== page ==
by T.C. Martin


Born slant-nosed & mangled-jawed,
daddy nursed all crooked, piping wind

               through his one clear nostril. There,
               between breath & swallow, milk met mucus:

his first invention. He smiled, toothless
& busted, at this new making, wholly his.

               Isn’t that how it is, thought his mother,
               as she swiped her fourth & final boy’s chin

with folded Bounty. You make them, then
they make a mess, have all the fun & leave you

               holding the napkin. But her lemon-spirit fled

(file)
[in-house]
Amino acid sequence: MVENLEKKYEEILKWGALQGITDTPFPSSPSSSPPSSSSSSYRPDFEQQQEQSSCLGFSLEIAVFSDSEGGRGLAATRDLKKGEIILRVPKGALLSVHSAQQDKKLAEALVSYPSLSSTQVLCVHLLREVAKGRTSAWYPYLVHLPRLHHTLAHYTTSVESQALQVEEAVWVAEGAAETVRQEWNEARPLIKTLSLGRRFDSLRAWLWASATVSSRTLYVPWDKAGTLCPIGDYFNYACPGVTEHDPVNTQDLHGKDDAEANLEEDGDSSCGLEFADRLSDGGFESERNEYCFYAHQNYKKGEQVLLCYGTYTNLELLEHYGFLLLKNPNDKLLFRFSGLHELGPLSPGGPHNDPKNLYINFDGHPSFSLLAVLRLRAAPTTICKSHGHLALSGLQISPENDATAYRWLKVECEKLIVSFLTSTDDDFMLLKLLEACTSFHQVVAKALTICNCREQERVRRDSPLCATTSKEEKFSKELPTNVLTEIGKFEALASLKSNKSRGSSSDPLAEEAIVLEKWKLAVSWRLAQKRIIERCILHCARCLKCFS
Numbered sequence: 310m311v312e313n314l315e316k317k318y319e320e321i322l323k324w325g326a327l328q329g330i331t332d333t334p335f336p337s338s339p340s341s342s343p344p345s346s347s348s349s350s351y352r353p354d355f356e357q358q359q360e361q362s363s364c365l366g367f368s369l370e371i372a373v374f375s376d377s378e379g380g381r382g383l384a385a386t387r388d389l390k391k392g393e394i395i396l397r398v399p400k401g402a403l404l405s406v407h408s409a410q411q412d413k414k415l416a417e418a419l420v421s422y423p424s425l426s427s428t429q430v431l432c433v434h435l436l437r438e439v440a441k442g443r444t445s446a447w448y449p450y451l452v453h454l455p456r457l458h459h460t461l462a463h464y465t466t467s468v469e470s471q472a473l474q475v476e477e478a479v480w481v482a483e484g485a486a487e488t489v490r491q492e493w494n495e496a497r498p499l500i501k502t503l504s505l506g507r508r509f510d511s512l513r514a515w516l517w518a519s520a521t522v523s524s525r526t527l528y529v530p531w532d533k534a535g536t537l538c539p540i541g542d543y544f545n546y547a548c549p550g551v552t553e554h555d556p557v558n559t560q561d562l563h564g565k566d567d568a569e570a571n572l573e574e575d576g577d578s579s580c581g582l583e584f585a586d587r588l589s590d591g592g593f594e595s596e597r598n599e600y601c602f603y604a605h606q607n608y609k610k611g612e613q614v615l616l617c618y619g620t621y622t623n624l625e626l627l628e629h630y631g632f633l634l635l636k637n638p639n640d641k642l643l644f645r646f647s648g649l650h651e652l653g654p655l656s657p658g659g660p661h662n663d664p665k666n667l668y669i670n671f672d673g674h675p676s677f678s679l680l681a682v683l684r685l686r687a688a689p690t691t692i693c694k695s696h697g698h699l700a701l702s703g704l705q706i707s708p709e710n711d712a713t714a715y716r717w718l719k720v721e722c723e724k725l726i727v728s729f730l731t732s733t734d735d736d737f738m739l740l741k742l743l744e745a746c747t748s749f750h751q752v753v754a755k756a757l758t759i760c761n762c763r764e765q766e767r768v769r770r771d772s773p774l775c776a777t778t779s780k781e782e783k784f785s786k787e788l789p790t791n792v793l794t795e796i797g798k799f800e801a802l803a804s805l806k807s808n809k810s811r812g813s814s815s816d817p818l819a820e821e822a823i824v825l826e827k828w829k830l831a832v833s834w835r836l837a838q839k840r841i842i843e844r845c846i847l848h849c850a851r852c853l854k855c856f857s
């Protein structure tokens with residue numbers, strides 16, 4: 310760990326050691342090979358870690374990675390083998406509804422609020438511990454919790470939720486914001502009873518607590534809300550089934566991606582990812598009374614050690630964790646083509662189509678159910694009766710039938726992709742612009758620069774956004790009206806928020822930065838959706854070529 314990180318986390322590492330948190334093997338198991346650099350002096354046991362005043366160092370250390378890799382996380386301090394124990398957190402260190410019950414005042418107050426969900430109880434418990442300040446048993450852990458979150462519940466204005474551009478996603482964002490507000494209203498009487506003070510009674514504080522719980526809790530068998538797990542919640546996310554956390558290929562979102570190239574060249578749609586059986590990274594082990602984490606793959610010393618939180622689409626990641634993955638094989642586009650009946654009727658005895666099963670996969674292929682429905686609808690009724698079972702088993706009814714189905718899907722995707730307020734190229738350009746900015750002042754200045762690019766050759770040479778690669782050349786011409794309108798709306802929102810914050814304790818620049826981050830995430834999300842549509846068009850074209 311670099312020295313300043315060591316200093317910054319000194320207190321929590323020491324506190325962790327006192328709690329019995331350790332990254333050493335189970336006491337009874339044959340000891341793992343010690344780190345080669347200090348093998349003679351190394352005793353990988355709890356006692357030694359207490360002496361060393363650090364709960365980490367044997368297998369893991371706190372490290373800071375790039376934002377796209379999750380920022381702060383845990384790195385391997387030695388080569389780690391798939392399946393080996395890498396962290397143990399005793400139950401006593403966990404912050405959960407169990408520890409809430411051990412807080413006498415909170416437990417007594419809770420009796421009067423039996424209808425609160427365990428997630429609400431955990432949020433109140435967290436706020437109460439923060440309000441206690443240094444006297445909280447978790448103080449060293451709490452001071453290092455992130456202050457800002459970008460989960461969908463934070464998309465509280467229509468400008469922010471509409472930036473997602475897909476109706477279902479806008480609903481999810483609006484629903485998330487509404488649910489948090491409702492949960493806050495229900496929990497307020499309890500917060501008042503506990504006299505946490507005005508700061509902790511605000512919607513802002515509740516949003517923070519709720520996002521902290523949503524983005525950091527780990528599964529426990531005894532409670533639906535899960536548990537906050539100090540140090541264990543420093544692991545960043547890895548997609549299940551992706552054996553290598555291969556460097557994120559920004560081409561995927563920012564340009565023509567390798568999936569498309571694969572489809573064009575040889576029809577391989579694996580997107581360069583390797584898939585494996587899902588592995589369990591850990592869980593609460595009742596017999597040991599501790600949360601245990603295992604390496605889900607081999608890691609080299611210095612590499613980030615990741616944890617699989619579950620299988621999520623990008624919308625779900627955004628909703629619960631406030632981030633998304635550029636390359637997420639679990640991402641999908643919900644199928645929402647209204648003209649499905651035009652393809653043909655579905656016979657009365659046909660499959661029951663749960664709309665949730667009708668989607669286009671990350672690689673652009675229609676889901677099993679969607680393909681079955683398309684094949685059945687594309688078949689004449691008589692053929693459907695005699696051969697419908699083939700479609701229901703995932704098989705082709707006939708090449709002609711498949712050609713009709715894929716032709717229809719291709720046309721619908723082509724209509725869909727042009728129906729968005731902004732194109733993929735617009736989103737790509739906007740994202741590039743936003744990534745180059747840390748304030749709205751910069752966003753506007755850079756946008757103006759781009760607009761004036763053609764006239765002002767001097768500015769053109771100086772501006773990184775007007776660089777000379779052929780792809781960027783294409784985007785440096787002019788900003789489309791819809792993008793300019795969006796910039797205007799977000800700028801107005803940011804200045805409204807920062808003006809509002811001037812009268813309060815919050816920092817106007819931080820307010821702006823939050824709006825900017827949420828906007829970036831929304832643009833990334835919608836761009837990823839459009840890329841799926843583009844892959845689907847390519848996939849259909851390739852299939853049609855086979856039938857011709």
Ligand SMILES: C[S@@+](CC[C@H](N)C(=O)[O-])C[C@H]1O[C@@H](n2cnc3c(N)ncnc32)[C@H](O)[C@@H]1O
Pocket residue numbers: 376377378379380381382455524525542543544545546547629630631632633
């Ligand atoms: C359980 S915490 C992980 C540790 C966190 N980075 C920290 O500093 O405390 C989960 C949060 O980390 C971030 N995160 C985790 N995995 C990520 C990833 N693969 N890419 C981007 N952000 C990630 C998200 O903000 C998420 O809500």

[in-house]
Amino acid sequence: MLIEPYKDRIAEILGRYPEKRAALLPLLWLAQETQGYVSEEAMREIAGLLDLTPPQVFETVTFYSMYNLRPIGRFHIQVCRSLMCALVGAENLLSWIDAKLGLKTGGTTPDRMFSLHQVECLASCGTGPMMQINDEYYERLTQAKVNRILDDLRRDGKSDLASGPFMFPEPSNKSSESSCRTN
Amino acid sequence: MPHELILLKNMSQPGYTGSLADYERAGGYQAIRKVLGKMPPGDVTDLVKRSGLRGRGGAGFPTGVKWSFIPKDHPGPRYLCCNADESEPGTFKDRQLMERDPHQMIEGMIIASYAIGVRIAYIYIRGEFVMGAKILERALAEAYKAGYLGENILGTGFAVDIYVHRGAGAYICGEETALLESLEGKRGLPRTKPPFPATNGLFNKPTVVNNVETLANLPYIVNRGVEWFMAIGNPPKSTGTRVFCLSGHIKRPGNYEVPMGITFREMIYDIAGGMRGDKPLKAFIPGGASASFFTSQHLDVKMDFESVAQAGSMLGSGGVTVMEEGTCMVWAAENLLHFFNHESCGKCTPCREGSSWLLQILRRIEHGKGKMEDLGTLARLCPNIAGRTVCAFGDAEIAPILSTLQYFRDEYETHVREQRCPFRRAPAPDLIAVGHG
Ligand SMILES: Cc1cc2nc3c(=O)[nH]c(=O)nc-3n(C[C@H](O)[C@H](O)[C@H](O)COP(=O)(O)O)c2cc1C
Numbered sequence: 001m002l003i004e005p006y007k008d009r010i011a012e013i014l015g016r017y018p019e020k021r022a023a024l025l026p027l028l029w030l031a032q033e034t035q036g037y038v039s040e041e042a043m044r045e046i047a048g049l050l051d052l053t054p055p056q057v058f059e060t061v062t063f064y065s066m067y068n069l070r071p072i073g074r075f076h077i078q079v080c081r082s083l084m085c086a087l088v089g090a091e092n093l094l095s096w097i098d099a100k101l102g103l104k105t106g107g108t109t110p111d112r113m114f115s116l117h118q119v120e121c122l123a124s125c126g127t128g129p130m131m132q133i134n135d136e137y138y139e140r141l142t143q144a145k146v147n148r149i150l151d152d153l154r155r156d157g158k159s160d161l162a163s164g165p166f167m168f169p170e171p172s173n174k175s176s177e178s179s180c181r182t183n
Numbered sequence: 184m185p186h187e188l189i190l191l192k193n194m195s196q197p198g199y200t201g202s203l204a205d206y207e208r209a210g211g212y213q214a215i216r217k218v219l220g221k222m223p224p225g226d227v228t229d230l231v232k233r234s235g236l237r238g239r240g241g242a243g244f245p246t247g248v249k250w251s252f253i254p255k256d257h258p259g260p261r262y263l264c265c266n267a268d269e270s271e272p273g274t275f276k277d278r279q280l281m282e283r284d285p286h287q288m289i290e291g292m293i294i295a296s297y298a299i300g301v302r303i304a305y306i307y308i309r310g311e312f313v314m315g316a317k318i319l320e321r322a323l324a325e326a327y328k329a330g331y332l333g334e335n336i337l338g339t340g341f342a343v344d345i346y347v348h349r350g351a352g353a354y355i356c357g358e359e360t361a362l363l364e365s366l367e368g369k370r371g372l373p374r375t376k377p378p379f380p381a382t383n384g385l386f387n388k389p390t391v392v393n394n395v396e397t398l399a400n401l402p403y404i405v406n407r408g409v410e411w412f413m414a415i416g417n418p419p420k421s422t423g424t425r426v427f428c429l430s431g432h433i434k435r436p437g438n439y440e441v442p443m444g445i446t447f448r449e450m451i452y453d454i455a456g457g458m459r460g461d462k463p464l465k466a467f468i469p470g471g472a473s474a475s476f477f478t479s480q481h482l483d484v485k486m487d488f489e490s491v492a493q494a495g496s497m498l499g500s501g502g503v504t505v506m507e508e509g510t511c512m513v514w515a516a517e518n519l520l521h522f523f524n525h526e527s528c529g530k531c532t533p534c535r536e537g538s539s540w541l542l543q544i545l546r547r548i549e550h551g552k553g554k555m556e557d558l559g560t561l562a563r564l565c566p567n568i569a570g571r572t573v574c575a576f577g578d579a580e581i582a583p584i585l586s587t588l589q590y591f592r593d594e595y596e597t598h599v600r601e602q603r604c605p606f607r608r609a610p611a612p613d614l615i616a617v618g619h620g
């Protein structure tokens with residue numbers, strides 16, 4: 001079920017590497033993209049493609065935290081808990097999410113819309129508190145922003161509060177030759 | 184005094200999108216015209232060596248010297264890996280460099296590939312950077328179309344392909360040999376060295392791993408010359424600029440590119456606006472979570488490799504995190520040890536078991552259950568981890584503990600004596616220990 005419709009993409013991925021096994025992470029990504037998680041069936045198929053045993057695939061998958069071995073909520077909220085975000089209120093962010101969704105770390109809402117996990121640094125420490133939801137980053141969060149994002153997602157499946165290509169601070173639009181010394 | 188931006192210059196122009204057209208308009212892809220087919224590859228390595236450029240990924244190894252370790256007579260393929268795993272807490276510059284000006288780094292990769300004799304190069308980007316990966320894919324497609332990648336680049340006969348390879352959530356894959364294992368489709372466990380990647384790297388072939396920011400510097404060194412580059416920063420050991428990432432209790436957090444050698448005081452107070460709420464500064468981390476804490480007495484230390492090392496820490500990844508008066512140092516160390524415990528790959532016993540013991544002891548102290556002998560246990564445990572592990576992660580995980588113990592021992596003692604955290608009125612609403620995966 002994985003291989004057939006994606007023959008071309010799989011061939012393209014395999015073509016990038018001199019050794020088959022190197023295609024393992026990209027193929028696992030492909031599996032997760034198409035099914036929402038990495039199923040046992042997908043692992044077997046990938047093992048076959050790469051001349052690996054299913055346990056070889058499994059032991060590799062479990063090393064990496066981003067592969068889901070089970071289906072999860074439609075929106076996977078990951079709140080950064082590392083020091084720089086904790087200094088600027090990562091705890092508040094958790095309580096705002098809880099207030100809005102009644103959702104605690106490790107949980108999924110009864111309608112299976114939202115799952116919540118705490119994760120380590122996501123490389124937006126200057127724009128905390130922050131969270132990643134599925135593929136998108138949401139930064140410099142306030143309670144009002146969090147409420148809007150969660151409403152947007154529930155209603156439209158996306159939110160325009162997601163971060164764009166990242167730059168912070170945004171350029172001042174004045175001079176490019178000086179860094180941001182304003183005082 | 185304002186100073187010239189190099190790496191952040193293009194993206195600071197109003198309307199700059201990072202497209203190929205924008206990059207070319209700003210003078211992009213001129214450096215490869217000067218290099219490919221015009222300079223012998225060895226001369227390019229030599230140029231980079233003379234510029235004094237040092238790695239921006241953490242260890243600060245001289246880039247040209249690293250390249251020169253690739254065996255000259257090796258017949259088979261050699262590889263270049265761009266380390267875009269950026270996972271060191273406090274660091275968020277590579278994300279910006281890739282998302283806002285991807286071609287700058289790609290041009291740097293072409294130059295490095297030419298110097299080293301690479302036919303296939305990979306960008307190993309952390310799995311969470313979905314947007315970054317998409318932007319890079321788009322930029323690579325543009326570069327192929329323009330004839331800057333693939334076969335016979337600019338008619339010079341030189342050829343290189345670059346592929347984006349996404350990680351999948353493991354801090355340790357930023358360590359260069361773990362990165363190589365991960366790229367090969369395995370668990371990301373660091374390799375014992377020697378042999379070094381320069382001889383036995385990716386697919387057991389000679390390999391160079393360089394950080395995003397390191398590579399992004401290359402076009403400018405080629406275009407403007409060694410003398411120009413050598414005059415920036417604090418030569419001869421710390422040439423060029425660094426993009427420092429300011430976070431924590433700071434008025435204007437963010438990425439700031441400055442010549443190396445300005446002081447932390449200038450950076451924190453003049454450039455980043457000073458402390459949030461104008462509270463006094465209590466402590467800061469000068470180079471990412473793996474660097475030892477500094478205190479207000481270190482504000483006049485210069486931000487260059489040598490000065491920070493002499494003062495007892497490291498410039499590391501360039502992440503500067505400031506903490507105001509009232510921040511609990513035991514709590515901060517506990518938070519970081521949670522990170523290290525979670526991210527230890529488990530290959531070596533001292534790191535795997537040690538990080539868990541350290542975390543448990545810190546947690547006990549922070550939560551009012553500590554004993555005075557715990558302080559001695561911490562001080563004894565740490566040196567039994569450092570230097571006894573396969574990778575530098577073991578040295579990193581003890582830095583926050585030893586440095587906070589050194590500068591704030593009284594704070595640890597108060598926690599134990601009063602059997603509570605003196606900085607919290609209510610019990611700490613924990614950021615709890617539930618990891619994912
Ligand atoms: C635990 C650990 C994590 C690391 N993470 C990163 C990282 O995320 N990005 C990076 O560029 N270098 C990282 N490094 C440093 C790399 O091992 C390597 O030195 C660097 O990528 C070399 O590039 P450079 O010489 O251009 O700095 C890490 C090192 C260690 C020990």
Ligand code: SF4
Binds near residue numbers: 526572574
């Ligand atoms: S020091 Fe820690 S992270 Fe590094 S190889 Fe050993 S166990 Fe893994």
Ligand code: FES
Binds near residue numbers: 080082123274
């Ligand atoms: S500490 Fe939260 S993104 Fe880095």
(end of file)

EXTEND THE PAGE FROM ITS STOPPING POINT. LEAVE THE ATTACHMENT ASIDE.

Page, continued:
at the sight of his dented cheeks, the clamp of lips

on her, sticky & strained. She had heard a prophecy
of metal in his hands. Hammers, nails, screws.

               Even gold. Gears in his teeth, which no boy
               would want. But she knew what was needed

for straightening out a mouth. Knew her boy,
born broken, would need breaking again.


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